-Slaying the Giant of Apathy-
A few days ago, I was talking with the mother of a 38-year-old man who was calling me because her son was battling “the giant of apathy.” He was in need of hope. I could relate. Sometimes I get apathetic when my life isn’t progressing the way I want.
Like most of our stories, this man’s story was not simply a story about apathy. As his loving mother told me, her son is a formerly convicted person engaged in a real struggle to make progress. He is trying to do all the right things. He is staying out of trouble. He got a college degree. Yet his only real employment option, according to his mom, is his current job delivering pizzas. Having been through a similar season in my life, when I struggled to find work because of my own felony conviction, I could empathize with her son’s feeling of apathy.
At the same time, I was reminded of my friend John, who recently shared with me how he broke through similar feelings of apathy with the help of his friends, family and community. Like me and the 38-year-old man I mentioned earlier, John is a returning citizen. He made some mistakes decades ago.
Unlike me, John is a legend in the motorcycle community. And I mean a legend. He even has his own nickname: Rogue.
Rogue is a member of the National Motorcycle Hall of Fame in Sturgis, SD. Rogue earned the distinction of “freedom fighter” from The Hall for his decades of advocacy on behalf of the biker community and for motorcycle rights, especially his work in Connecticut, Florida and in the Congress involving activities like helmet laws and motorcycle-only security checks.
I had the privilege of hanging out with Rouge recently at a biker bar in Brevard County, just before Bike Week. Walking around with Rogue was like walking around with a celebrity. Everyone seemed to know him, care about him and appreciate his role as a leader in the motorcycle community.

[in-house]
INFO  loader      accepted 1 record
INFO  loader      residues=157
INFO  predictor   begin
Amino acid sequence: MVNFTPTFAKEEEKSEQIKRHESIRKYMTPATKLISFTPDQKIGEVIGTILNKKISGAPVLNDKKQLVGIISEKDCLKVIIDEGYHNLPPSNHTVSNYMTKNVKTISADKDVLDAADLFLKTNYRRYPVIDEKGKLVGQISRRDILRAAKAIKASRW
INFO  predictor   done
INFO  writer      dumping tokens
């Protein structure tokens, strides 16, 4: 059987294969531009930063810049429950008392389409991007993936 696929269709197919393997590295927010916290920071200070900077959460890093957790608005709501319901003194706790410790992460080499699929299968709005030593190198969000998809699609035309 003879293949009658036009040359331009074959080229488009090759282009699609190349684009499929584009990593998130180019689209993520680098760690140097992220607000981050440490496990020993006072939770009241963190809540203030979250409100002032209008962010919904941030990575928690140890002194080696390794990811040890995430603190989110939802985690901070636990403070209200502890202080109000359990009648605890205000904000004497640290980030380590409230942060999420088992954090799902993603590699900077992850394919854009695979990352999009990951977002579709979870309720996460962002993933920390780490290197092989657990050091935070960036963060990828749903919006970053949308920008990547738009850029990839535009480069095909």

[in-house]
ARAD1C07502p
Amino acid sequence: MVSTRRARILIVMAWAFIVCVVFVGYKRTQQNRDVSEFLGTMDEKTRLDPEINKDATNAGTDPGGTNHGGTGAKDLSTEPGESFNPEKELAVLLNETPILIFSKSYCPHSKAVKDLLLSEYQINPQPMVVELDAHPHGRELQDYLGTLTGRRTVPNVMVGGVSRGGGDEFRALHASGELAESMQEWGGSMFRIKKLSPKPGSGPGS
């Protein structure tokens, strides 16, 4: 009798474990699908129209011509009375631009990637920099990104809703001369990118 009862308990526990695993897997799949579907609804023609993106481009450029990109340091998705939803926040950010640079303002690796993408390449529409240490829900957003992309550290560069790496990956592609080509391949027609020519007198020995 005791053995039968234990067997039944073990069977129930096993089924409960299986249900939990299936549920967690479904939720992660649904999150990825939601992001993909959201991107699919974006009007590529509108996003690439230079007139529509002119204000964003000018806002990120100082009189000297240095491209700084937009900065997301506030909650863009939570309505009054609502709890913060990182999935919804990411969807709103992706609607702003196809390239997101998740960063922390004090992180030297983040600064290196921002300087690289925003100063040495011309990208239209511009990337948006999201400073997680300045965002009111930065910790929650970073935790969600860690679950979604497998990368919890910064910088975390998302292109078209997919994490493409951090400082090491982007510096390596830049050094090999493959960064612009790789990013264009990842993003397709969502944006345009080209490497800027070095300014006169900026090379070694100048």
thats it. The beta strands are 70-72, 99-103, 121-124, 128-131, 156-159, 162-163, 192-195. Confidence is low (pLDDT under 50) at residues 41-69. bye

Rogue and I talked about his service in the Air Force, and his belief in being involved in the community. We also talked about his time in jail, and how it has been decades since he got out and got back on track.
“Sometimes you have got to be stupid to get smart,” Rogue told me with a laugh.
It was during this time of reflection that my friend brought up the topic of apathy. Rogue did so in the context of the 2016 election, a time when he was especially interested in voting in the presidential primary and general election. Unfortunately, because of his former conviction, Rogue is one of the nearly 1.5 million people who have paid their full debt back to society for past mistakes but are unable to vote in Florida, he was not able to fully participate in his community. That and the fact that Florida is one of only four states that permanently bans folks like Rogue from voting for life had him feeling a little apathetic, at least for a little while.
“Talking with the state and being told I couldn’t vote was frustrating,” said Rogue. “I wanted to be involved and encourage others to be involved,” he continued.
Not being able to vote myself, I could feel Rogue’s frustration, and appreciated his desire to fully serve his community. That was when I asked him how he dealt with the apathy.
“I know that I am not the only one in my community who has to fight this fight,” he said, in response. “Sharing my story can help thousands of other bikers,” Rogue continued.
It was inspiring to watch my friend light up as he talked about his family and friends in the motorcycle community, and how he could help them by breaking through his personal feelings of apathy. I’ll never forget that moment.
“I model my advocacy after Martin Luther King,” my friend continued. “He was about hope and people.”
That moment warned my heart even more. In a very practical way, it also reminded me how to break those cycles of apathy in my own life when they inevitably appear – namely by focusing on people and having hope. For that lesson, I will always be grateful to Rogue, my friend and legend in the motorcycle community. I hope his lesson might also be helpful to others who battle “the giant of apathy” as well. If that is you, please have hope and keep fighting.
Neil Volz is the Political Director of the Florida Rights Restoration Coalition.